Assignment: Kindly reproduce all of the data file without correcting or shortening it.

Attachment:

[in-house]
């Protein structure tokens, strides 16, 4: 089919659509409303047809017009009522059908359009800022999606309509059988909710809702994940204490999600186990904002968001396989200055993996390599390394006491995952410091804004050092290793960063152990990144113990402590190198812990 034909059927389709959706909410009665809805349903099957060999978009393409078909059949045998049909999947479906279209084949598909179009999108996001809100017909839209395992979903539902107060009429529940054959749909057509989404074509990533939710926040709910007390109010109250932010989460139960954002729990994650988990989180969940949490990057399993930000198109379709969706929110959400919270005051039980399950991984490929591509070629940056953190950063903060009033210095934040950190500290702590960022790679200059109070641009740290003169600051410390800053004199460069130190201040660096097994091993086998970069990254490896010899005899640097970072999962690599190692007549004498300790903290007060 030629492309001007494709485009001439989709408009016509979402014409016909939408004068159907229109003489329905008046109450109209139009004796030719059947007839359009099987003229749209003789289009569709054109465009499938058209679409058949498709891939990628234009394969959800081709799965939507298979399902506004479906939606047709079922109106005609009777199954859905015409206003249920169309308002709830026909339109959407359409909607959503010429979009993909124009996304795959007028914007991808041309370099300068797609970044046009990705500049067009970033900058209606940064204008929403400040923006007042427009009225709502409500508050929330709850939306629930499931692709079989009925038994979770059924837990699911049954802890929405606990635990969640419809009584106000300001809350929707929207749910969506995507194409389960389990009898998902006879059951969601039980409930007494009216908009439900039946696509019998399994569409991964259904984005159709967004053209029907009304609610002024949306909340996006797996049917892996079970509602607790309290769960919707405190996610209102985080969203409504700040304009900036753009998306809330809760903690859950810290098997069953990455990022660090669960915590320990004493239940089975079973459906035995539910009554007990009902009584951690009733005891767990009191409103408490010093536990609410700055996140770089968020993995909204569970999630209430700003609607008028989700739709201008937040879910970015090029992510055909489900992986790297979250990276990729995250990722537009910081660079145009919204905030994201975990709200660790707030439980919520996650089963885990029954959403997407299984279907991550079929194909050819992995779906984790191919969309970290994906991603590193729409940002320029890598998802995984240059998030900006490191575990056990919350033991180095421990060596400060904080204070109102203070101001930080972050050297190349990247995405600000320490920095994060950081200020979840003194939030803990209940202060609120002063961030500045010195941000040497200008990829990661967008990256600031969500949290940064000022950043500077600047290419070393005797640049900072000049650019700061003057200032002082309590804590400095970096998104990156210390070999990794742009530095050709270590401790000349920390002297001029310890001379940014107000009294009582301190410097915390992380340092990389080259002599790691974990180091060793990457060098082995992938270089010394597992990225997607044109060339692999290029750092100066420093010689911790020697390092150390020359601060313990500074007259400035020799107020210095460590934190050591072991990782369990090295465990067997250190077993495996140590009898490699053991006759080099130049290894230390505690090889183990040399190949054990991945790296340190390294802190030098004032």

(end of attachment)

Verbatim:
[in-house]
């Protein structure tokens, strides 16, 4: 089919659509409303047809017009009522059908359009800022999606309509059988909710809702994940204490999600186990904002968001396989200055993996390599390394006491995952410091804004050092290793960063152990990144113990402590190198812990 034909059927389709959706909410009665809805349903099957060999978009393409078909059949045998049909999947479906279209084949598909179009999108996001809100017909839209395992979903539902107060009429529940054959749909057509989404074509990533939710926040709910007390109010109250932010989460139960954002729990994650988990989180969940949490990057399993930000198109379709969706929110959400919270005051039980399950991984490929591509070629940056953190950063903060009033210095934040950190500290702590960022790679200059109070641009740290003169600051410390800053004199460069130190201040660096097994091993086998970069990254490896010899005899640097970072999962690599190692007549004498300790903290007060 030629492309001007494709485009001439989709408009016509979402014409016909939408004068159907229109003489329905008046109450109209139009004796030719059947007839359009099987003229749209003789289009569709054109465009499938058209679409058949498709891939990628234009394969959800081709799965939507298979399902506004479906939606047709079922109106005609009777199954859905015409206003249920169309308002709830026909339109959407359409909607959503010429979009993909124009996304795959007028914007991808041309370099300068797609970044046009990705500049067009970033900058209606940064204008929403400040923006007042427009009225709502409500508050929330709850939306629930499931692709079989009925038994979770059924837990699911049954802890929405606990635990969640419809009584106000300001809350929707929207749910969506995507194409389960389990009898998902006879059951969601039980409930007494009216908009439900039946696509019998399994569409991964259904984005159709967004053209029907009304609610002024949306909340996006797996049917892996079970509602607790309290769960919707405190996610209102985080969203409504700040304009900036753009998306809330809760903690859950810290098997069953990455990022660090669960915590320990004493239940089975079973459906035995539910009554007990009902009584951690009733005891767990009191409103408490010093536990609410700055996140770089968020993995909204569970999630209430700003609607008028989700739709201008937040879910970015090029992510055909489900992986790297979250990276990729995250990722537009910081660079145009919204905030994201975990709200660790707030439980919520996650089963885990029954959403997407299984279907991550079929194909050819992995779906984790191919969309970290994906991603590193729409940002320029890598998802995984240059998030900006490191575990056990919350033991180095421990060596400060904080204070109102203070101001930080972050050297190349990247995405600000320490920095994060950081200020979840003194939030803990209940202060609120002063961030500045010195941000040497200008990829990661967008990256600031969500949290940064000022950043500077600047290419070393005797640049900072000049650019700061003057200032002082309590804590400095970096998104990156210390070999990794742009530095050709270590401790000349920390002297001029310890001379940014107000009294009582301190410097915390992380340092990389080259002599790691974990180091060793990457060098082995992938270089010394597992990225997607044109060339692999290029750092100066420093010689911790020697390092150390020359601060313990500074007259400035020799107020210095460590934190050591072991990782369990090295465990067997250190077993495996140590009898490699053991006759080099130049290894230390505690090889183990040399190949054990991945790296340190390294802190030098004032």